Bruce Orr, a former town official and a biologist with a career in the energy, chemicals, “and, yes, the recycling industry,” gave these remarks at the Feb. 6 public hearing on proposed town-wide restrictions on stores giving customers bags at checkout.
Darienite.com is publishing statements from the meeting and from written comments to three RTM committees considering the proposal. You can see a video of Orr’s comments at the bottom of this article.
Here are Orr’s comments, as delivered:
I’m a former RTM member, having served this body for over eight years, and I was a member of the Board of Finance for over five years. Six years ago, on Jan. 23, 2012, as a member of the RTM, I spoke in opposition to the then-proposed ban on retail plastic bags, which was put forth by a group, Choose to Reuse.
While I supported the basic principles posed by the organization, namely the reuse and recycling, I could not support the ordinance. Today, I continue to be in opposition of the proposed ordinance, based on a number of well-researched facts.
For background and transparency, I’m a biologist, and I spent my entire career in the energy, chemicals, bio-renewables, and, yes, the recycling industry.
Contrary to what the previous speakers from SoundWaters [Olena Czebiniak — see her comments here] and the high school [Isabelle Hole’s comments] said, some fact-based points about the sources of plastic waste for the committees to consider. The U.S. EPA [Environmental Protection Agency] in 2014 reports in that plastic bag litter accounts for less than 0.5 percent of America’s waste stream.
None of Darien’s non-recyclable refuse, including plastic bags, goes into landfills. It all goes into the Wheelabrator Bridgeport waste-to-energy plant, generating 67 megawatts of energy, powering 67,000 homes in Fairfield County.
Over half of the land-based plastic bag waste leakage in our oceans comes from just five countries: China, Indonesia, Philippines, Vietnam and Thailand.
And 90 percent of the river-based plastics flowing into our oceans comes from only 10 rivers in Asia, South America [and] Africa. These rivers have two common traits: a generally high population in the surrounding area — in some cases, hundreds of millions of people — and the lack of waste-management systems in the infrastructure.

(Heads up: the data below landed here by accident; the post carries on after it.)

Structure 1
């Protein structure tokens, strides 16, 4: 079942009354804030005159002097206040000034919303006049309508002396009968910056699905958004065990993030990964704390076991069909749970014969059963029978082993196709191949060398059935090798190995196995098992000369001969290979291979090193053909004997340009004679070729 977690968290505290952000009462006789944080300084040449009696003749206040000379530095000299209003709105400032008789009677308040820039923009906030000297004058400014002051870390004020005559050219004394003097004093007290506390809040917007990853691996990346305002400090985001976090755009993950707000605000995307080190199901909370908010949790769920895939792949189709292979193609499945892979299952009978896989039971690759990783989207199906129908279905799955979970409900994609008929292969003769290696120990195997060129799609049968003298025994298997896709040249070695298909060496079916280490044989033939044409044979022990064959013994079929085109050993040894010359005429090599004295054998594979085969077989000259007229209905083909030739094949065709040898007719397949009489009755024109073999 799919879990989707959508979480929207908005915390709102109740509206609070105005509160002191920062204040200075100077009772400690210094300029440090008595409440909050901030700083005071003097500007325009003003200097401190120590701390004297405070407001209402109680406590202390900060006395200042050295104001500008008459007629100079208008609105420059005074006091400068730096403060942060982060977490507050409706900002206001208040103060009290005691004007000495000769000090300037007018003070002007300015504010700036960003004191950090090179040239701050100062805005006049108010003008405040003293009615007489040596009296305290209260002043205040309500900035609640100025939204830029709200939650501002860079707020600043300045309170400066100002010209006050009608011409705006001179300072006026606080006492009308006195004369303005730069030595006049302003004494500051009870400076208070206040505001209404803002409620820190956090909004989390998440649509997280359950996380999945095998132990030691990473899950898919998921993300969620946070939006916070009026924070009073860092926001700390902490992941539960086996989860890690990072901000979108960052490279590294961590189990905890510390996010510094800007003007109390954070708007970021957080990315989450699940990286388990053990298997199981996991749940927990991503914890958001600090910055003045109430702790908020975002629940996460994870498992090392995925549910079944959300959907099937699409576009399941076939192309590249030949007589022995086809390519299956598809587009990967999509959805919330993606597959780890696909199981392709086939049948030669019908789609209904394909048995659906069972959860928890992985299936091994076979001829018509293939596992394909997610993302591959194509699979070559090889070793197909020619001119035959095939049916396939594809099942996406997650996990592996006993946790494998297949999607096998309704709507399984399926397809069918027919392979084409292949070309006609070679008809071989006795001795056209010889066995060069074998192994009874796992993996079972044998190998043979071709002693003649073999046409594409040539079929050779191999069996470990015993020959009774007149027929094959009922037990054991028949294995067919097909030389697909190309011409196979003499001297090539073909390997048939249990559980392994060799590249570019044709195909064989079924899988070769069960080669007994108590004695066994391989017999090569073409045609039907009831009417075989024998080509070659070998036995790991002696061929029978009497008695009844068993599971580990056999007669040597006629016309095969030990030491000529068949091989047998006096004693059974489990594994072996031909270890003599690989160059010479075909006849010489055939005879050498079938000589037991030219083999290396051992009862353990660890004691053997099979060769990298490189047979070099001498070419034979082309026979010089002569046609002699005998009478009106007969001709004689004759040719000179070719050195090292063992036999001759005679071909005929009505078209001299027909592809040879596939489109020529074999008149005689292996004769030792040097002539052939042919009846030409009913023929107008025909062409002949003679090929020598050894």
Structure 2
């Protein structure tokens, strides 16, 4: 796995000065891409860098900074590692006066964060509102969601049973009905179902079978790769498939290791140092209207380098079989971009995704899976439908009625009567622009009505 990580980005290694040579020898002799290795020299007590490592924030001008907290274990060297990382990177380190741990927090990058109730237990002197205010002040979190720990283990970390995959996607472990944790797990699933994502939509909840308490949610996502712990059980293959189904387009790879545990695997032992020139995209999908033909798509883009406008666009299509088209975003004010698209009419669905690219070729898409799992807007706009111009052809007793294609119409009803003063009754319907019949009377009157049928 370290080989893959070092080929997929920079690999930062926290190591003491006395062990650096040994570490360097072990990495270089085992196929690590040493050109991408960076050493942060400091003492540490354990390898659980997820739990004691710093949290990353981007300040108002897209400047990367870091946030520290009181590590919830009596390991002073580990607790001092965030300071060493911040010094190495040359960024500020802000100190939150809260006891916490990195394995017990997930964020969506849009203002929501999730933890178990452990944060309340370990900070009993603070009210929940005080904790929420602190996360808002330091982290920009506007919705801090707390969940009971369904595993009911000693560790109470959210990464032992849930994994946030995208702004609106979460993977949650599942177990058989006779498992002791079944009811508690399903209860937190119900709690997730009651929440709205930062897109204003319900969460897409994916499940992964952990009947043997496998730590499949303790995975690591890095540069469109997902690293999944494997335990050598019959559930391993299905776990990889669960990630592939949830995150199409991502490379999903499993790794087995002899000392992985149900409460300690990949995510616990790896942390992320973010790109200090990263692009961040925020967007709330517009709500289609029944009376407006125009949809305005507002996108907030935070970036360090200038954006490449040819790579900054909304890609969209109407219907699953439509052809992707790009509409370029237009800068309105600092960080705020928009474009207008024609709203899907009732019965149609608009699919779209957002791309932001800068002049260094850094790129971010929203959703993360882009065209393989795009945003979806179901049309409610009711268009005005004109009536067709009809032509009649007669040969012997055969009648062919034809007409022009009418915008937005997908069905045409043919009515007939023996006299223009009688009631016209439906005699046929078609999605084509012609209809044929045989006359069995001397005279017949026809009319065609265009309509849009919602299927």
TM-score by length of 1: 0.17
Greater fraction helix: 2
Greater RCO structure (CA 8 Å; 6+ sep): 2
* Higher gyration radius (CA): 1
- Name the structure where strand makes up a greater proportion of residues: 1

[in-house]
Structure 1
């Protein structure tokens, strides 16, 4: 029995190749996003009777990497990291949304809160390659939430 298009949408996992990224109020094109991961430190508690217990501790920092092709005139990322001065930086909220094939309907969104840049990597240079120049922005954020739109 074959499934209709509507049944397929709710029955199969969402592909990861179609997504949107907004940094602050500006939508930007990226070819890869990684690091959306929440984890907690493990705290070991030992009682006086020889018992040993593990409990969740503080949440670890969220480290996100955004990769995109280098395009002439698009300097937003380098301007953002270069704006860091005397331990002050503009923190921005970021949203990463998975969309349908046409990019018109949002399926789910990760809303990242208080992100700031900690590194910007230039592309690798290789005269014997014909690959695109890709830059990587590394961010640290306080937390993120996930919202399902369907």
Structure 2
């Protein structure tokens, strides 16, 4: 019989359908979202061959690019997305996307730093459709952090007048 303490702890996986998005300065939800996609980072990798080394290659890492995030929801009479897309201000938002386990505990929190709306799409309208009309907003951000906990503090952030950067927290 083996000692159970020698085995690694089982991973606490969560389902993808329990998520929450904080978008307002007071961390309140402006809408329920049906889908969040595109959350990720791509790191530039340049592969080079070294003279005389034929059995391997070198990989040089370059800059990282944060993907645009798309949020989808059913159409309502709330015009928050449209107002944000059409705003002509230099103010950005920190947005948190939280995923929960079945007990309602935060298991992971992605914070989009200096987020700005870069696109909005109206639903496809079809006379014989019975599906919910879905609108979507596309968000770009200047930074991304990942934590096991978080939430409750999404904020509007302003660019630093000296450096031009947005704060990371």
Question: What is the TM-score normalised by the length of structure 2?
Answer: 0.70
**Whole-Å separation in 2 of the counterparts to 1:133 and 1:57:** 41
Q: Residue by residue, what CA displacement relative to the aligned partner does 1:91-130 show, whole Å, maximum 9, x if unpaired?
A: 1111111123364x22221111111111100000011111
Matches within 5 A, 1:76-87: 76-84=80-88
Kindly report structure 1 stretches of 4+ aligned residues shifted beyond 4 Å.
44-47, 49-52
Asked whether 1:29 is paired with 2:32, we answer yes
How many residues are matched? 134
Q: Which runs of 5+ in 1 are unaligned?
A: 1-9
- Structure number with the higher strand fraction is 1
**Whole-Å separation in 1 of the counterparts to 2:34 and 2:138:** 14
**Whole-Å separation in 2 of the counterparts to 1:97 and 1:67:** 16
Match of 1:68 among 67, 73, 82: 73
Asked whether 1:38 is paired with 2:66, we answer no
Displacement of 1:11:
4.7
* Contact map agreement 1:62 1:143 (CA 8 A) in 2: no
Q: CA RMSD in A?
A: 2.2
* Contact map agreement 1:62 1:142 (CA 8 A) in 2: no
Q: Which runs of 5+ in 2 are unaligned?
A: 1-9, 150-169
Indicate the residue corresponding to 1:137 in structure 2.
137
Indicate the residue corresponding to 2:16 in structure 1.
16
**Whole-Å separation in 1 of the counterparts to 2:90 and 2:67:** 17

In summary, the macro-, overarching problems and challenges of plastic waste are not in Fairfield County or Darien but in the developing world economies.
Articles and comments about the checkout bag proposal:
- Public Hearing at 8 PM Wednesday on a Proposal to Ban Plastic Bags for Store Purchases in Darien (Feb. 5)
- Maritime Aquarium Supports Ban on Plastic Carry Out Bags in Darien; Public Hearing on Wednesday (Feb. 5)
- Opinions on the Proposed Checkout Bag Ordinance: First in a Series (Feb. 18)
- Statements from Darien Chamber of Commerce Director Opposing Proposed Bag Ordinance (Feb. 18)
- In Favor of the Proposed Bag Ordinance: Remarks from Cliff van Voorhees and Isabelle Hole (Feb. 19)
Furthermore, replacing plastics with alternative materials could raise environmental costs, nearly fourfold. We read and hear about climate change nearly every day, including today.
While fully recyclable, the manufacture and distribution of paper bags has four times the carbon footprint of greenhouse gas emissions. Huge amounts of energy and water are consumed in the growing and manufacturing, and the transportation emissions only add to the poor carbon footprint of paper.
Furthermore, grocers who offer paper checkout bags often double bag, only exasperating the problem.
And, lastly, as informed and educated citizens, we should make responsible, fact-based decisions regarding our local and global environment.
As Jim Cameron said once, Democracy is a great institution, and our elected volunteers here should be applauded for tackling important community issues, but they should not be legislating on what appears to be a symbolic gesture rather than substantive solutions to perceived environmental concerns.
Bring your reusable bags with you to the store, choose to reuse your paper and plastic bags, and recycle everything you can.
And lets work with constituents to promote infrastructure, education, engagement, and clean up plastic waste in the right places.
See the Whole Hearing on Darien TV79
In this video of the public hearing, Orr spoke from timestamps 32:26 to 36:05:
Correction: Due to a transcription error, the word “plastic” was incorrectly used instead of “paper” in this sentence, above: “While fully recyclable, the manufacture and distribution of paper bags has four times the carbon footprint of greenhouse gas emissions.”